The Piazza della Famiglia project in Little Italy opens next month, and by summer it will take a cue from Liberty Station’s hugely successful Public Market concept by including a food hall. The hall will include two Public Market vendors, Wicked Maine Lobster and Roast Meat & Sandwich Shop. A food hall makes sense given the large number of sit-down restaurants already in Little Italy, and you’ll be able to bring your meal into the open-air public piazza:
While public squares are commonplace throughout European cities, this is the first of its kind for San Diego, where we’ve long dedicated most of our public space to moving and storing vehicles. Given the piazza’s likely success (Little Italy is doing pretty well), could this spur other urban communities in San Diego to rethink how they allocate space in their commercial districts?
Here in Kensington, where the Heart of Kensington residential group killed a public space in front of the Kensington Commons project, we’ll just settle for a new restaurant in the long-vacant Kensington Vine space. Tanuki Japanese will be a “coffee bar by day and a sake bar and eatery by night”, according to Eater. This is just around the corner from our block. With the opening of Kensington Brewing and Pappalecco in the past year, it’s great to have more walk-to options in the neighborhood.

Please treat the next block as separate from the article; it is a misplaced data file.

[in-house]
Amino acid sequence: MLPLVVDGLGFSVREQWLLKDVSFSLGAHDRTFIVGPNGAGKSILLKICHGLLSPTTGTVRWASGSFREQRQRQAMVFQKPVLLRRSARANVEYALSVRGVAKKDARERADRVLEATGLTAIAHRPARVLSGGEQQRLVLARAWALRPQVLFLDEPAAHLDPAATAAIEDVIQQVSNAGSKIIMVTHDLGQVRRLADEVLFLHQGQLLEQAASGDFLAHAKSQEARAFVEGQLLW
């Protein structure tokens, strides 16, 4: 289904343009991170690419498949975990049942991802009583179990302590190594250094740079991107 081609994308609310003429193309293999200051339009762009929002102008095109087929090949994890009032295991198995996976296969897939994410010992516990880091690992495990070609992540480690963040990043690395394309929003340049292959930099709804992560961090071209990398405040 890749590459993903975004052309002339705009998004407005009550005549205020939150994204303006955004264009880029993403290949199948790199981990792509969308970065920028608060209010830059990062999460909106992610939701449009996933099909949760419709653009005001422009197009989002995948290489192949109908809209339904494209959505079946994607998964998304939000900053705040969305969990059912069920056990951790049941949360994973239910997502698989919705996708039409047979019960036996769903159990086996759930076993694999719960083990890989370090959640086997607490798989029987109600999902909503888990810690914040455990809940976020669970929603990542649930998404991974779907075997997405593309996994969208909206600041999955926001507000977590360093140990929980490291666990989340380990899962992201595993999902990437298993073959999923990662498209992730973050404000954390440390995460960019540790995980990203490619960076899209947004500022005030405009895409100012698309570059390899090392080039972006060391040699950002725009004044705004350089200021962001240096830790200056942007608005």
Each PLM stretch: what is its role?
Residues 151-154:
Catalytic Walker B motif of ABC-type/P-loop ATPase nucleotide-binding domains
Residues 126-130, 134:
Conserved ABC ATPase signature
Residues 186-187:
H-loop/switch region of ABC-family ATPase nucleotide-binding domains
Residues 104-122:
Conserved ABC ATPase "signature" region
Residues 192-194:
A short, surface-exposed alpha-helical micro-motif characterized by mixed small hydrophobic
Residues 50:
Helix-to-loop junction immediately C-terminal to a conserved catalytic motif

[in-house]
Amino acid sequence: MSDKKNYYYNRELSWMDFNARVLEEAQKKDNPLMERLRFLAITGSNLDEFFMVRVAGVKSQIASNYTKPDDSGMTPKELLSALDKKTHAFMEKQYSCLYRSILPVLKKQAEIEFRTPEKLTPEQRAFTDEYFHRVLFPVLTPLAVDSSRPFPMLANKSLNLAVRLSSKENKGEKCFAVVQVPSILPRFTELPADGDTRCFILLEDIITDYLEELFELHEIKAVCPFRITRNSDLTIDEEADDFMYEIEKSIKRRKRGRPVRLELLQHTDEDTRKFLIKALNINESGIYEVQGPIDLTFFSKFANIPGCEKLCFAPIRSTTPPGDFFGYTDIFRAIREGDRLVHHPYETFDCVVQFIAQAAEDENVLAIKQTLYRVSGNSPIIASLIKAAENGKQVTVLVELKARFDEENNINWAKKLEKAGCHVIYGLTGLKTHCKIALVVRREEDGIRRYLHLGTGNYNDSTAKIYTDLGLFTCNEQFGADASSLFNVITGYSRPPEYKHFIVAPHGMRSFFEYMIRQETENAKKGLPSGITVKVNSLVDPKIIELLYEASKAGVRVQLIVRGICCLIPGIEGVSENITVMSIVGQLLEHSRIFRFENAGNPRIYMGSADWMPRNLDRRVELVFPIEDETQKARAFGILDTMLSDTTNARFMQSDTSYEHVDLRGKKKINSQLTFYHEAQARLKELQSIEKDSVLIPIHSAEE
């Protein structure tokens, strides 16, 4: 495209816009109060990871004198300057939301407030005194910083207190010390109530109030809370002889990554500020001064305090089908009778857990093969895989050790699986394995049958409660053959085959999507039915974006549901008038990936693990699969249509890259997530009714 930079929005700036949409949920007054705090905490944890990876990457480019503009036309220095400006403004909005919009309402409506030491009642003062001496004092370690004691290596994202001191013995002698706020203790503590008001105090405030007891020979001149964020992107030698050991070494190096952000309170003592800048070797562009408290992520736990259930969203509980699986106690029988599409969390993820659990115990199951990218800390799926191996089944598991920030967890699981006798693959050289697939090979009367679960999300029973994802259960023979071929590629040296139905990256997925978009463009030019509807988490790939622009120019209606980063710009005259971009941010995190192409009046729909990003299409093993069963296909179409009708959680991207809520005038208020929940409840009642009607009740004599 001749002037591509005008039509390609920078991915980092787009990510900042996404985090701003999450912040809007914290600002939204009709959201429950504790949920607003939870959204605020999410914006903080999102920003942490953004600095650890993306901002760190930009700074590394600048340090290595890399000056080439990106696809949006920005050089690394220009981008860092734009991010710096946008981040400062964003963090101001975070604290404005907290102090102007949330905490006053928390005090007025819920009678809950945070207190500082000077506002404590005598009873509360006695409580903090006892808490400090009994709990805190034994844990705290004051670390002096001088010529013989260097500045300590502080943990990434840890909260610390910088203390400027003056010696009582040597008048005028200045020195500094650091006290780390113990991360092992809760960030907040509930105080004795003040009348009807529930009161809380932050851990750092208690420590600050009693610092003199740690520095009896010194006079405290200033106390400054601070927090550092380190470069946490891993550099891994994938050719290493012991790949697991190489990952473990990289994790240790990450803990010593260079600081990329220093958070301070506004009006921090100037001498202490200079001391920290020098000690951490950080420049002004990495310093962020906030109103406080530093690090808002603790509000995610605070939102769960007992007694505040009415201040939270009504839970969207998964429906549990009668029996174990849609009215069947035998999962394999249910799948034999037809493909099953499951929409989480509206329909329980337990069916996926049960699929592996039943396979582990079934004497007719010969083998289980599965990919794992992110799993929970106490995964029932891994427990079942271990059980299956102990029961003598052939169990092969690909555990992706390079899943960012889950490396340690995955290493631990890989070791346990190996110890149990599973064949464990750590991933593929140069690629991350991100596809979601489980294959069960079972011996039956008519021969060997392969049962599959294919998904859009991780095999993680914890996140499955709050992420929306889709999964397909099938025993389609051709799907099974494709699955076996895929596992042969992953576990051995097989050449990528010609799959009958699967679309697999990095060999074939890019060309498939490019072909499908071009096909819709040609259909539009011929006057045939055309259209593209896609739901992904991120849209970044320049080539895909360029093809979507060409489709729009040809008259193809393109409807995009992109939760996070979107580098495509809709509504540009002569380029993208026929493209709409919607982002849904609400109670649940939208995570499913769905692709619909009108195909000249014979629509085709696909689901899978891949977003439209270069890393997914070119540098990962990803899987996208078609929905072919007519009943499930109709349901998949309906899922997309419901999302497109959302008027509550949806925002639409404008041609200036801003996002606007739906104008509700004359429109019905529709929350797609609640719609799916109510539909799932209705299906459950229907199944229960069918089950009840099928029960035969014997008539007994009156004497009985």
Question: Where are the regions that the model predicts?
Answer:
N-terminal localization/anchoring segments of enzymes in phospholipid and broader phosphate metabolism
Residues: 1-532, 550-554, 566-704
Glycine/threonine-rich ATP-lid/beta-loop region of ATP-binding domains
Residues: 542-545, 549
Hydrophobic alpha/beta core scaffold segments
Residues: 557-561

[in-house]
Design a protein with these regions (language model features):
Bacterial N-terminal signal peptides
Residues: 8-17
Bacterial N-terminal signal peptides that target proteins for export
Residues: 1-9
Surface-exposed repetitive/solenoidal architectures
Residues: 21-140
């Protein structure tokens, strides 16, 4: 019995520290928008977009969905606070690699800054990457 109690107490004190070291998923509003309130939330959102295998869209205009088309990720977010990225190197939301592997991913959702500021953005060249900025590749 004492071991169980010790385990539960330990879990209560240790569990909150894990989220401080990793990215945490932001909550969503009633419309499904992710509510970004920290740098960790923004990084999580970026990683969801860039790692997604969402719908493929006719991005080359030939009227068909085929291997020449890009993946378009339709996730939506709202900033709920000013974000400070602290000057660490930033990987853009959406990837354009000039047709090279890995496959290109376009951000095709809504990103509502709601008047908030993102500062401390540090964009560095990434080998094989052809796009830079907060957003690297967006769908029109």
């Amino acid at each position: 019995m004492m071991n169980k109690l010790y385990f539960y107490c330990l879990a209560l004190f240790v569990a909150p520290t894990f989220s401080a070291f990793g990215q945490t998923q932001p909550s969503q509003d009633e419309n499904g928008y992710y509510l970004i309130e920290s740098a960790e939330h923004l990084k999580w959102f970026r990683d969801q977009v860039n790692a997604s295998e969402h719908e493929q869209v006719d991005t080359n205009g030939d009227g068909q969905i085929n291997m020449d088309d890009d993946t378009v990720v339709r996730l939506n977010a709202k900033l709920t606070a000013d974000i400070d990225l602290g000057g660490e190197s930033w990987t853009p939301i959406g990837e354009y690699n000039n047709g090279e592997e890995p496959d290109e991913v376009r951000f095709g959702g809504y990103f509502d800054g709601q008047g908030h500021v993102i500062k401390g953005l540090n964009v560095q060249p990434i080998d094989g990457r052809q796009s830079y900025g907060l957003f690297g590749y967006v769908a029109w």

Tickets are nearly sold out for next Saturday’s Modern Times Carnival of Caffeination on Broadway Pier. Proceeds go to BikeSD. There’s a pretty amazing lineup of brewers, roasters and food trucks:
BikeSD recently endorsed Omar Passons for County Board of Supervisors (thanks to all the candidates who responded) because we know he’ll stand up for the rights of bicyclists even when it’s politically difficult to do so. I joined Omar, urban planner Howard Blackson and a group of bicyclists recently for a ride around downtown where we experienced the challenge of riding in a busy area still bereft of safe bike infrastructure. One highlight was hearing architect Mike Stepner’s efforts in creating the notion of the “Gaslamp Quarter“:
Another reason I support Omar is his support for more housing… which means I can segue into yet another batch of housing bullet points: